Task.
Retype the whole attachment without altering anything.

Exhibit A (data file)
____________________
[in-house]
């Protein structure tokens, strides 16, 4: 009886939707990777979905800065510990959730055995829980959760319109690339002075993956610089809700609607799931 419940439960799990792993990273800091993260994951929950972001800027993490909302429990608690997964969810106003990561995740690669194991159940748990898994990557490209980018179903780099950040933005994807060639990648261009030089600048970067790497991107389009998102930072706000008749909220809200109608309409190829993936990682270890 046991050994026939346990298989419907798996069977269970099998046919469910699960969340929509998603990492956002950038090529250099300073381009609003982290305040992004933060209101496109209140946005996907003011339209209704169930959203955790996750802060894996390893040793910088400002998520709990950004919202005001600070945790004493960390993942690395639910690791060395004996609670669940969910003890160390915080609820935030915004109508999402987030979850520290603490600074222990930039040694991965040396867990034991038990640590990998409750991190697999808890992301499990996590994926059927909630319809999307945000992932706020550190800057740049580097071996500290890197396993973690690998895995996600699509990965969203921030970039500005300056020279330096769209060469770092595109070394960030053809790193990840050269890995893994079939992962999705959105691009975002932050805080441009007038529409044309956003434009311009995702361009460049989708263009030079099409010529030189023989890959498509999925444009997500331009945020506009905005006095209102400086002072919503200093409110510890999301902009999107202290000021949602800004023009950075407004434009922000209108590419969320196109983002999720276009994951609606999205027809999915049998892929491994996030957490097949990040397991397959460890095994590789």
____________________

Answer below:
[in-house]
């Protein structure tokens, strides 16, 4: 009886939707990777979905800065510990959730055995829980959760319109690339002075993956610089809700609607799931 419940439960799990792993990273800091993260994951929950972001800027993490909302429990608690997964969810106003990561995740690669194991159940748990898994990557490209980018179903780099950040933005994807060639990648261009030089600048970067790497991107389009998102930072706000008749909220809200109608309409190829993936990682270890 046991050994026939346990298989419907798996069977269970099998046919469910699960969340929509998603990492956002950038090529250099300073381009609003982290305040992004933060209101496109209140946005996907003011339209209704169930959203955790996750802060894996390893040793910088400002998520709990950004919202005001600070945790004493960390993942690395639910690791060395004996609670669940969910003890160390915080609820935030915004109508999402987030979850520290603490600074222990930039040694991965040396867990034991038990640590990998409750991190697999808890992301499990996590994926059927909630319809999307945000992932706020550190800057740049580097071996500290890197396993973690690998895995996600699509990965969203921030970039500005300056020279330096769209060469770092595109070394960030053809790193990840050269890995893994079939992962999705959105691009975002932050805080441009007038529409044309956003434009311009995702361009460049989708263009030079099409010529030189023989890959498509999925444009997500331009945020506009905005006095209102400086002072919503200093409110510890999301902009999107202290000021949602800004023009950075407004434009922000209108590419969320196109983002999720276009994951609606999205027809999915049998892929491994996030957490097949990040397991397959460890095994590789």